Norovirus outbreaks are still increasing nationwide. The contagious disease – also known as the stomach bug, stomach “flu” or winter vomiting disease – is bringing suffering to millions of families and even obliging some schools to close. Experts say it’s is one of the most contagious virus’s oblivion, hitting hospitals, cruise ships and schools foremost. Though, study shows norovirus is not related to influenza. It’s a notoriously contagious and difficult gastrointestinal virus problem.
If Someone is Sick with Norovirus, You Must Know the Following;
Norovirus Acts Quickly – Symptoms can be noticed within 12 to 48 hours upon exposure. You will feel extremely sick with diarrhea and vomiting, couple of times a day.
Norovirus Makes You Vomit Violently – Norovirus is commonly known as stomach flu or winter vomiting disease. Both infections cause stomach cramps, nasty diarrhea, and fever.
High Numbers Point to Norovirus – When norovirus hits, it often causes outbreaks – for example, 700 people sickened on the Royal Caribbean ship Explorer of the Seas in January 2014 or 142 people infected on a Royal Norwegian cruise ship. E. coli outbreaks often play out over a longer period and the numbers reported are usually in huge numbers.
Each year, norovirus makes 70,000 people sick enough to be hospitalized. As many as 800 people would die, and the most affected are elderly patients who become dehydrated. It’s common cause of foodborne-disease outbreaks, CDC says.
Researchers who put together a “vomiting machine” verified one reason. The vomiting that marks norovirus sends small particles of that vomit into the air, carrying pieces of virus. “We think that there’s a at least a million particles released in every vomiting victims or maybe more,” said Lee-Ann Jaykus, the N.C. State food science professor who leads the team.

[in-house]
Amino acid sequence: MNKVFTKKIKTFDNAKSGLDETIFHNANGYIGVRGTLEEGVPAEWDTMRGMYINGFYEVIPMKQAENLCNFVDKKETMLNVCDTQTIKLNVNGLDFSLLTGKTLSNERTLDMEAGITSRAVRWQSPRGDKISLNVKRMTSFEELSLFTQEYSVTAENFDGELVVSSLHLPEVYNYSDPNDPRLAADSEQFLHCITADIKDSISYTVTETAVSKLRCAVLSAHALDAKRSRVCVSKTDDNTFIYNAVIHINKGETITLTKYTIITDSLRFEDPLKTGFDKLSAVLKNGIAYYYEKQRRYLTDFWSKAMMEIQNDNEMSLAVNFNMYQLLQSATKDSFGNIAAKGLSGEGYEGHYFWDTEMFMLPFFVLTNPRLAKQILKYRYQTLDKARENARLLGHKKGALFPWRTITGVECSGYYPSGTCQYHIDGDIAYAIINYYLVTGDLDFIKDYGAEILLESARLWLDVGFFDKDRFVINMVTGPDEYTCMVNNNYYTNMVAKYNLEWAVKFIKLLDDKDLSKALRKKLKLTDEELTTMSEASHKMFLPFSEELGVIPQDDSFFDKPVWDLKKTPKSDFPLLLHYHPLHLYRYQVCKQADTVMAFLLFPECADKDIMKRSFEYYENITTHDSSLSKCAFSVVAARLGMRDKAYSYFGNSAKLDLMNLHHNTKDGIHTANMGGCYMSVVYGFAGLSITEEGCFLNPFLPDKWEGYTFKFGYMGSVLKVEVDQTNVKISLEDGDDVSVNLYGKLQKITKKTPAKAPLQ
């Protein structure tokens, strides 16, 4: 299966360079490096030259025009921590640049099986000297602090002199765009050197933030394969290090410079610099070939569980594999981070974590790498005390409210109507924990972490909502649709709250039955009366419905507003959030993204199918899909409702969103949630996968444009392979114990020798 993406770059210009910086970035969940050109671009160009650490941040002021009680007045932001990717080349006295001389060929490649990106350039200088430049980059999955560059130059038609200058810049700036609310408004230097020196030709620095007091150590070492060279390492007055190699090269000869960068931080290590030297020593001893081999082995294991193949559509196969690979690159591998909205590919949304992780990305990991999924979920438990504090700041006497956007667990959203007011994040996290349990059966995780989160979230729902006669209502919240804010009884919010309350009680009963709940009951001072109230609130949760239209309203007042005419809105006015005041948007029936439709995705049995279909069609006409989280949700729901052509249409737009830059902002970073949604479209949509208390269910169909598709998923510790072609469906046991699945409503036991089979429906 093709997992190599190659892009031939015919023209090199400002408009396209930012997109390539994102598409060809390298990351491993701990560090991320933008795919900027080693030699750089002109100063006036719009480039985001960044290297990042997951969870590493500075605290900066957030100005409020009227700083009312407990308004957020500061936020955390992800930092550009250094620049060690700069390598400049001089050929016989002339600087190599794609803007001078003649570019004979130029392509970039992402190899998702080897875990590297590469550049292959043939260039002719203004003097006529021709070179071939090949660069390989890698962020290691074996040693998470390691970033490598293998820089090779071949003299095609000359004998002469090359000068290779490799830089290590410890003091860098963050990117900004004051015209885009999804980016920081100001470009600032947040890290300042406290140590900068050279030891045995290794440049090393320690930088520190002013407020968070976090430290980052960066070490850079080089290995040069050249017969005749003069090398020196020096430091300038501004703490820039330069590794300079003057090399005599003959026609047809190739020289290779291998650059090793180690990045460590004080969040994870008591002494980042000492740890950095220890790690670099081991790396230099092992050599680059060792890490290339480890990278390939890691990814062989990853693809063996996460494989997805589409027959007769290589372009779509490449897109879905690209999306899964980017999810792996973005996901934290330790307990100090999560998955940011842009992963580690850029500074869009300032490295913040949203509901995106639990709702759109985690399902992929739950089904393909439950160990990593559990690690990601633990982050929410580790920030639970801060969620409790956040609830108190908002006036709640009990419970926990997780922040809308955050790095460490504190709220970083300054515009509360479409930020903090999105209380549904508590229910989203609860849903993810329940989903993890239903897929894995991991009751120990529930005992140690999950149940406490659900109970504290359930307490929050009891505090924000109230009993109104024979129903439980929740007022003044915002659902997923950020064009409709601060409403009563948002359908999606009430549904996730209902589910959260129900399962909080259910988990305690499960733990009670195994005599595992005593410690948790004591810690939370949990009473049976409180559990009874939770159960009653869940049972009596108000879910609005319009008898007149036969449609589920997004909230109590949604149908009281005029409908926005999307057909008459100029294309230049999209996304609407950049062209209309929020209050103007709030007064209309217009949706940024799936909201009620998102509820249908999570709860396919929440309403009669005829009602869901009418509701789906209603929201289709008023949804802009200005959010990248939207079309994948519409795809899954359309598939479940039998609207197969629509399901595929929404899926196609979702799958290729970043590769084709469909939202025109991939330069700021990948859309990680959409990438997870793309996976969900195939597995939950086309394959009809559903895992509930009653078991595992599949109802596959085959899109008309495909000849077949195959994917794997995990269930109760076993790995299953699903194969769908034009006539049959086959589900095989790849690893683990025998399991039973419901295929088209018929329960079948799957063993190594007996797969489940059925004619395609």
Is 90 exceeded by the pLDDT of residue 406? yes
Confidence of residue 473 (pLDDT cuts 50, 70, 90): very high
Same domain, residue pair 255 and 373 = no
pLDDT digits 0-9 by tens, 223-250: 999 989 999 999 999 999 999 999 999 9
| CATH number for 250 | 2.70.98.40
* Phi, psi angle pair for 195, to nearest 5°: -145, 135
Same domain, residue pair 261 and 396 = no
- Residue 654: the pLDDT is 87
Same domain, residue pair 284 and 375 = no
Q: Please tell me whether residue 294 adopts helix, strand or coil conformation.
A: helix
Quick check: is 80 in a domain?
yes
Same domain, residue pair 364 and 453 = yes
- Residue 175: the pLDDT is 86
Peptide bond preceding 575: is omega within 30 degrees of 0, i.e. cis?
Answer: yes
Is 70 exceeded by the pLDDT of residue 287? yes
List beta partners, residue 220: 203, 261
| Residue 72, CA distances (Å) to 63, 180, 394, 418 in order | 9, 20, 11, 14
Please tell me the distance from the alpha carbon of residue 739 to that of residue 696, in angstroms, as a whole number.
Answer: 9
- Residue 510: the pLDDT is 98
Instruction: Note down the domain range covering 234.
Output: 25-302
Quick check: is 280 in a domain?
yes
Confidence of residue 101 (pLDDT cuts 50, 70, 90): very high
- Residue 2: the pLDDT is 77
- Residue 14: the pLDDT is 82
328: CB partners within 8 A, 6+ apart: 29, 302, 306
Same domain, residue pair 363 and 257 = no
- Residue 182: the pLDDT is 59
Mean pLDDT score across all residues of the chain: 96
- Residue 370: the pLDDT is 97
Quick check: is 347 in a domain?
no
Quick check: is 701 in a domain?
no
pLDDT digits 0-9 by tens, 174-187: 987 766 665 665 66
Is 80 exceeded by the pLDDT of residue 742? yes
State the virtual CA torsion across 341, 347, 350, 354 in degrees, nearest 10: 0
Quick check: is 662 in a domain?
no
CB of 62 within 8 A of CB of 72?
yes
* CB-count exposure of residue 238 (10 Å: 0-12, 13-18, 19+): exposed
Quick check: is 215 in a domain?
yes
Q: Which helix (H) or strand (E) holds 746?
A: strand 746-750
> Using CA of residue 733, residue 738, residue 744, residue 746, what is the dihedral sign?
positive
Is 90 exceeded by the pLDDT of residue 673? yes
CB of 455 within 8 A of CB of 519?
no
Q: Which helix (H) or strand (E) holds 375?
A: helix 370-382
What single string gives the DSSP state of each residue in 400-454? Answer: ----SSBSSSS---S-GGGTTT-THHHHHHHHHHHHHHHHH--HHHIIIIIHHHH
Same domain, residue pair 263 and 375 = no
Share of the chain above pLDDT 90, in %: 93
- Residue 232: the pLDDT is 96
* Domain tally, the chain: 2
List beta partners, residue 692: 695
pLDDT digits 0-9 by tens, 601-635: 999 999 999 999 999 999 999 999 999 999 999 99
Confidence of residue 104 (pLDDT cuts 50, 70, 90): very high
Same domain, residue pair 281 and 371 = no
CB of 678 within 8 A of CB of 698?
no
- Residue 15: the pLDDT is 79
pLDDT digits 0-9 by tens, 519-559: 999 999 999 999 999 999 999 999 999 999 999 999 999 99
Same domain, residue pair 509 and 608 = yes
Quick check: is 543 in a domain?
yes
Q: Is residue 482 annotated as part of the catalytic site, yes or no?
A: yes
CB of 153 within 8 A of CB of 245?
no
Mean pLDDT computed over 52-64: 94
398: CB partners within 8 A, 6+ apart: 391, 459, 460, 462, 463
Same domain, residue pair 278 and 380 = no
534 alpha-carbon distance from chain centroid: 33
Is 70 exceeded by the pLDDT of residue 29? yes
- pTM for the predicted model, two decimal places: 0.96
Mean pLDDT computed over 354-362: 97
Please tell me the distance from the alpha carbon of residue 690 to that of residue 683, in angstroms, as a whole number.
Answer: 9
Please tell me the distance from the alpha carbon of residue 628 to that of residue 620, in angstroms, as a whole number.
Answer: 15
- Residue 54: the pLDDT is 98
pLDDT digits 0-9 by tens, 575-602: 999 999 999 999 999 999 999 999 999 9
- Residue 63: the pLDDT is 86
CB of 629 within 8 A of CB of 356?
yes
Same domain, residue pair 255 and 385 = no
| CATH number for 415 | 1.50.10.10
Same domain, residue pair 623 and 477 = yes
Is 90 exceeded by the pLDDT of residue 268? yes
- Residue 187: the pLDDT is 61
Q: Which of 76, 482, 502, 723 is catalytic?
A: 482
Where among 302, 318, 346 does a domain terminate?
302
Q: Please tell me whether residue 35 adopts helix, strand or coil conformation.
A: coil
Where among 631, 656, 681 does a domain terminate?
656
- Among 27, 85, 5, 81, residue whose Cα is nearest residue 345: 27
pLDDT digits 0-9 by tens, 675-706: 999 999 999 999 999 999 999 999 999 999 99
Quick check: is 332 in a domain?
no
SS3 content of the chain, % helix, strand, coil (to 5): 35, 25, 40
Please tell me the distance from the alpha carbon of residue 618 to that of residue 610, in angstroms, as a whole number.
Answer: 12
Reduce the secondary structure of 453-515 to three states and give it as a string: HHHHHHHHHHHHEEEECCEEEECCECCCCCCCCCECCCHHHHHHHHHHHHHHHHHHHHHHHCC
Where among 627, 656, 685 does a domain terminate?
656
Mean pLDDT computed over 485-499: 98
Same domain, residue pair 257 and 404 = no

“Imagine you have a food manager who uses the bathroom and they haven’t washed their hands meticulously.” People can be infected with as few as 20 to 1,300 microscopic viral elements, so their study shows that vomiting could indeed spread the contagious virus through the air. And the findings help describe how a batch of teenaged soccer players got sick from eating packed cookies in Washington state in 2010.
Norovirus is Hard to Wash Away
There was an event, when one of the girls had thrown up in the hotel bathroom, spreading an aerosol of norovirus that landed all over the place, including on a reusable grocery bag hanging in the room. The bag, which later was used to carry the cookies, tested positive origin of the virus. The results were shocking, it has been contaminated two weeks later.
Norovirus is hard to wash away with simple water and soap. Studies show a quick application of hand sanitizer won’t be enough to get rid of it, and most of us don’t wash their hands properly, either – it takes about 30 seconds of dynamic rubbing using hot water and soap to wash away the tiny bits of virus, and that means getting into our nails, too.
Disclaimer: This video is intended for informational purpose only. This may not be construed as a news item or advice of any sort. Please consult the experts in that field for the authenticity of the presentations.
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Source: iTech Post